When we were little, we probably did not like to share our toys. We might not have even understood what sharing meant. As a child, we knew that our toys were ours and we didn’t want anyone else to play with them. Why should we? They were ours after all! However, as we got older, we learned more about kindness and being good to people around us. Terms like “Sharing is Caring” were introduced to us as our first life lessons.This is what sharing is all about. Sharing is when you have something that someone else needs or wants and you offer to let them use yours…

Social interaction amongst humans involves two parties who want to maximize their own outcomes while reaching a mutually satisfactory result. Sharing is a positive human trait that is as vital as eating and sleeping. Interestingly, kids also need to learn that sharing is a voluntary action. It is not a necessity or requirement. It is a wonderful thing to do and it makes the world a beautiful place. Sharing is an essential part of being a positive, contributing member of society.

We often see preschoolers struggle to control selfish impulses, even when they know that this behavior is not acceptable. This is when, as parents and teachers, we need to educate them about the importance of sharing.

For a Pre-schooler to consider the preferences of his/her peers has a lot to do with the maturation of a brain region involved in self-control. Usually, over the course of one’s childhood, their behavior shifts from being self-centered to considering the benefits of others.

Thus, we are sharing some educational strategies that aim at promoting social behavior in the preschool as well as at home:

  1. Act as a role model:

The best way to teach your kids to share is to act as a role model. Instead of preaching, practice “Sharing is caring”. Kids pay close attention to what adults do. I am sure we have experienced that quite often with our children! So, when our children observe us in the act of sharing, chances are, they would follow and learn. Take advantage of their curiosity. For instance – If you’re eating a sandwich, ask them if they would like a piece of it as well. You can also make a point to show the child how you, as teachers share with one another. The key is to lead by example. Show them in subtle ways that sharing brings nothing but joy and happiness.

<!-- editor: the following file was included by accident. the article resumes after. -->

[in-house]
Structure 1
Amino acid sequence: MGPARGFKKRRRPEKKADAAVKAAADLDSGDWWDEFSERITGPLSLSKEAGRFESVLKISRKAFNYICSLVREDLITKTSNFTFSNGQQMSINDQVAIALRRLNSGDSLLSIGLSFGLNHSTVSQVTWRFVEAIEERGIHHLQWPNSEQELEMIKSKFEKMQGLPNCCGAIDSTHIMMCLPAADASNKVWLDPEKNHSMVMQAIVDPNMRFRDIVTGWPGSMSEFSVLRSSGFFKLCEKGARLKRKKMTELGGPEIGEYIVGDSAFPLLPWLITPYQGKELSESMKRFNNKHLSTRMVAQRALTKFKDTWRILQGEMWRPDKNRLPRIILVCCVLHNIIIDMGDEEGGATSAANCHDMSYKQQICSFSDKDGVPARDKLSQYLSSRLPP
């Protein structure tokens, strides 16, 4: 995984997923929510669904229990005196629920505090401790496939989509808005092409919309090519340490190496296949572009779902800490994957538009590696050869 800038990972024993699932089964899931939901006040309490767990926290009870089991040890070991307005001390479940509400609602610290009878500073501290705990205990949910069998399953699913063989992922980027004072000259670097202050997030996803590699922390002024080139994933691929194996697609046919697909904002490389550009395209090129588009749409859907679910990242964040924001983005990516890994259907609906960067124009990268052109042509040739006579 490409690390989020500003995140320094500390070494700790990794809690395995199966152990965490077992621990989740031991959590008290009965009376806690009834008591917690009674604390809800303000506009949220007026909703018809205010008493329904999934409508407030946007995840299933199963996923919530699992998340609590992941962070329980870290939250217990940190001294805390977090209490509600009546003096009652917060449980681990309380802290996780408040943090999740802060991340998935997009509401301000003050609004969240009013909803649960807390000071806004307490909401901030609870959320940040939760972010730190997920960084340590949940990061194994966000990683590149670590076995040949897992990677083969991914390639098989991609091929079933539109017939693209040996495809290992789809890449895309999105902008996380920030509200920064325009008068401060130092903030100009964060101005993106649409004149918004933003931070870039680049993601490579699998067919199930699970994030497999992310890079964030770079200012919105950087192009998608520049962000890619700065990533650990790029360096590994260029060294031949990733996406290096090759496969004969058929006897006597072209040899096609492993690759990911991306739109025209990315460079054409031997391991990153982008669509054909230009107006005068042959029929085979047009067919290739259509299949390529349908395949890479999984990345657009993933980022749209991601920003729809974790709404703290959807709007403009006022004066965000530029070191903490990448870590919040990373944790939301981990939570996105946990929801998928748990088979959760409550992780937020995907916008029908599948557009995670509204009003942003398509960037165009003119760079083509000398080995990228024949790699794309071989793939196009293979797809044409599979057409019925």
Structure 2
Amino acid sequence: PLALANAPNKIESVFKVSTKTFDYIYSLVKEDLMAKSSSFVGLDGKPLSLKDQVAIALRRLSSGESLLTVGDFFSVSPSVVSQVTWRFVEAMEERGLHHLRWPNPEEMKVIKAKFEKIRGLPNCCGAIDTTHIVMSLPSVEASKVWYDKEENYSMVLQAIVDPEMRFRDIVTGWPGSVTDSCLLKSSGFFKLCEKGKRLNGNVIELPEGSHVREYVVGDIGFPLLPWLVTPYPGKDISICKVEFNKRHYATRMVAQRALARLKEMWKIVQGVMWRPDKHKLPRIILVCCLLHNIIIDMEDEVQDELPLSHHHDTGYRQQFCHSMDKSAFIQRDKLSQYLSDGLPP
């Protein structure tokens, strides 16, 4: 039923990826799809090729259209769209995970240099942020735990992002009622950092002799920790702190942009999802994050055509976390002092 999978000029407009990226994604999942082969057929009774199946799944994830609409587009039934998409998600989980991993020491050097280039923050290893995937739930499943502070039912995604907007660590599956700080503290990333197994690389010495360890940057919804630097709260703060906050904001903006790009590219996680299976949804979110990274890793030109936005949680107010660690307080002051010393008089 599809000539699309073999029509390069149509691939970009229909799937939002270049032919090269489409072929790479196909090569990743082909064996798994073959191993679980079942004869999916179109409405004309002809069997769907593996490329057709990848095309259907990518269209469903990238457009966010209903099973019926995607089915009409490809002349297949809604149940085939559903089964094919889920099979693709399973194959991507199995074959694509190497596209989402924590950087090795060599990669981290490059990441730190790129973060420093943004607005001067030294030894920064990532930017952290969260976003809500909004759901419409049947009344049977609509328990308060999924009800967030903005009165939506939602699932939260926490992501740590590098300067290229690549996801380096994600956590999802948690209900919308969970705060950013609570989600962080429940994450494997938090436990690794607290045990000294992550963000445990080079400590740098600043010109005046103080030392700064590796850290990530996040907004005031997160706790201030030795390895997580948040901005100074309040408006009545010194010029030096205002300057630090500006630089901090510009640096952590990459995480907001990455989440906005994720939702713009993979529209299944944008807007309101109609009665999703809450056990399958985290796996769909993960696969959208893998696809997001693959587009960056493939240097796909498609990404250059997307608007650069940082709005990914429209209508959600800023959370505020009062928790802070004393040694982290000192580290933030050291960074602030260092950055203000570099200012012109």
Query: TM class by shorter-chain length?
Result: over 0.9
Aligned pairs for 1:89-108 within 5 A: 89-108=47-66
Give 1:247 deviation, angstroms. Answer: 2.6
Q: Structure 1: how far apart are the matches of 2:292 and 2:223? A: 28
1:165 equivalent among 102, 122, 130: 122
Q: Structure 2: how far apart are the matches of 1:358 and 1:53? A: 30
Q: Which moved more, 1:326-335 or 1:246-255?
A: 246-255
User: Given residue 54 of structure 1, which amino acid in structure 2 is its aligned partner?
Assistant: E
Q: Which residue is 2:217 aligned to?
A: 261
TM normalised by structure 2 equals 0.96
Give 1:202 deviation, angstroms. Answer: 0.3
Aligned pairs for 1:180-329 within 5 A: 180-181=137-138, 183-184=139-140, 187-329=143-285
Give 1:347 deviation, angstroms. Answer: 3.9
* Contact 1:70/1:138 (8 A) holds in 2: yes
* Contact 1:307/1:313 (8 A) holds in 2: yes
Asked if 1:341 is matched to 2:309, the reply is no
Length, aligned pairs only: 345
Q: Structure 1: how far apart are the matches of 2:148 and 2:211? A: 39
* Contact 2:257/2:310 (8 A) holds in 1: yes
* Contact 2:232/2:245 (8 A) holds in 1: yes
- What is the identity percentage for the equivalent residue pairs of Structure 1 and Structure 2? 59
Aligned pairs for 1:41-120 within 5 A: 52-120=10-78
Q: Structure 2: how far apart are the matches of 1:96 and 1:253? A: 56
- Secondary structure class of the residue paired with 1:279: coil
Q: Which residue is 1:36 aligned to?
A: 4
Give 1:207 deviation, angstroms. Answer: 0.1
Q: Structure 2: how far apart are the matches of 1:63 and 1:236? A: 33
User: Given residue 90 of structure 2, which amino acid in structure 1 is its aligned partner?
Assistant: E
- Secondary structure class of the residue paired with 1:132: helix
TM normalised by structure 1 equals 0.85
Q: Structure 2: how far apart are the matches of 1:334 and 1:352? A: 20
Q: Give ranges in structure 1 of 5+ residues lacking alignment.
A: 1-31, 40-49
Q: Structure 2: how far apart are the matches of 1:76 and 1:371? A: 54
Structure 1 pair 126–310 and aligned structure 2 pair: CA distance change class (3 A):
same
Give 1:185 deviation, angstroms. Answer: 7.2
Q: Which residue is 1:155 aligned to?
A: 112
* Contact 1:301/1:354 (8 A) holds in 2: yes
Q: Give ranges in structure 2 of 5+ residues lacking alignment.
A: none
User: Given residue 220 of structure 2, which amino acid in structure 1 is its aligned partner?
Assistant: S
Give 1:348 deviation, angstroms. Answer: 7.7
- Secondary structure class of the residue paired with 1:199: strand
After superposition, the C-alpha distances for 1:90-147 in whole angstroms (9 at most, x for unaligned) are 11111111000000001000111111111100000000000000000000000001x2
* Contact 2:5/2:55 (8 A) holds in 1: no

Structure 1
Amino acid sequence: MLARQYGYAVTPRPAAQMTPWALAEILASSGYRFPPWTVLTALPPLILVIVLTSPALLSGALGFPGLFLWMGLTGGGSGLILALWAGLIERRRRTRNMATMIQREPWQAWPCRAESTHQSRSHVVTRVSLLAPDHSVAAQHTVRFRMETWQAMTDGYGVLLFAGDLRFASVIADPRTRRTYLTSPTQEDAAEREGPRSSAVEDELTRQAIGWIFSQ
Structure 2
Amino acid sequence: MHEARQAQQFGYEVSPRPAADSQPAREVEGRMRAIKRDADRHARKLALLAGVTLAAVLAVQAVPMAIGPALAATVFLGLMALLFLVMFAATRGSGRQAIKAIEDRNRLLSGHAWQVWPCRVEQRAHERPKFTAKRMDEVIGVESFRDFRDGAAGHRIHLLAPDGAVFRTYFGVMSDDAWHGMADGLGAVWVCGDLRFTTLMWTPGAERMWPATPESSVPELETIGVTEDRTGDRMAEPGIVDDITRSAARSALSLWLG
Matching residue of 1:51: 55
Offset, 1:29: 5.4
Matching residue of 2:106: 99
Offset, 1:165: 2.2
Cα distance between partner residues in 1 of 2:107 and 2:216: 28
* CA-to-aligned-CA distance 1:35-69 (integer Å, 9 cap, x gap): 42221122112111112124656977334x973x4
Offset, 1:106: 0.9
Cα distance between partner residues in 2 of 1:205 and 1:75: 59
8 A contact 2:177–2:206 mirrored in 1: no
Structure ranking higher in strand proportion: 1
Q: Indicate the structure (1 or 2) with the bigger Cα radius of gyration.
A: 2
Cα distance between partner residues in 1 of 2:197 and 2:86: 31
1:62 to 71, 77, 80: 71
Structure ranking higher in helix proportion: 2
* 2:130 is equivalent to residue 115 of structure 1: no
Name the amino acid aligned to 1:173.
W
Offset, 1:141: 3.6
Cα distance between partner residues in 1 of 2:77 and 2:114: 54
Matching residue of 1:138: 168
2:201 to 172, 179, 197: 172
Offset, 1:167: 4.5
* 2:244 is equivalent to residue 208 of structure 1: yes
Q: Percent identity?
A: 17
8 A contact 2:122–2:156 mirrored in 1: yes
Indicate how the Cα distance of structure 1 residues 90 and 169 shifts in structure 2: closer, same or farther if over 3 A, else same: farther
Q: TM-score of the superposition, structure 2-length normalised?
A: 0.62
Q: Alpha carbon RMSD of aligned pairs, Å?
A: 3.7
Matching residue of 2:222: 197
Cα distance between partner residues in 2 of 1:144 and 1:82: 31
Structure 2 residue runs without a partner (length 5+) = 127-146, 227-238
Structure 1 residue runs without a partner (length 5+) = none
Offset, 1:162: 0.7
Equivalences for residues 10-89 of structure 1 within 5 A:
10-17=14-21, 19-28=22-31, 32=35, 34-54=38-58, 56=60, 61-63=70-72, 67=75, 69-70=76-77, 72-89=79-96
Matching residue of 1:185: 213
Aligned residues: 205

2. Appreciate when they share:

When a child chooses to share with someone, remember to compliment them. Regardless of whether they did it of their own free will or because you urged them to. Honestly, it does not make a difference at this stage. Let them know how pleased you are to see them being so kind to a friend or sibling. Emphasize the fact that their actions have made another child happy too. Praise the positive things they do and gradually, it becomes a way of life for them.

Sharing is caring

3. Take advantage of special occasions:

Festivals are the perfect time to talk to your children about sharing with others less fortunate. Be it Christmas/ Diwali/ Ramzan or any festival, we should involve children to participate in programs such as toy collection where a child can donate some of her own toys or clothes that are no longer in use. Or, we can bring our children to the store and have them pick out a few new toys that will be donated to charity. Giving to charity can begin right at her Preschool or at home.

4. Encourage sharing at school:

Kids spend a significant amount of time in school, around their friends. It is critical for them to engage with other children in order to improve their social skills. A lot of times, it becomes their first experience of sharing their meals, books, and other belongings. When kids come back from school, they tend to share their knowledge with their parents. It is important to encourage them to do so. It takes some work but with the right attitude, it can be fun.

Sharing is caring

5. Peer Influence:

Simply being in a preschool setting with other young children and interacting during play can be a lesson in sharing. Studies show that kids share more when they are part of a group than when they are alone. So, if a child is used to being around other children his age as early on as possible, it is to their advantage. Having a regular set of friends to play with over the years will encourage trust among friends. As the child develops that sense of trust, he will be more likely to share with others. Remember, Practice Makes Perfect.

Above all, we as educators and parents of a Pre-schooler need to be patient. We must not quit trying to help our child become compassionate, understanding, and sensitive to the feelings of others.

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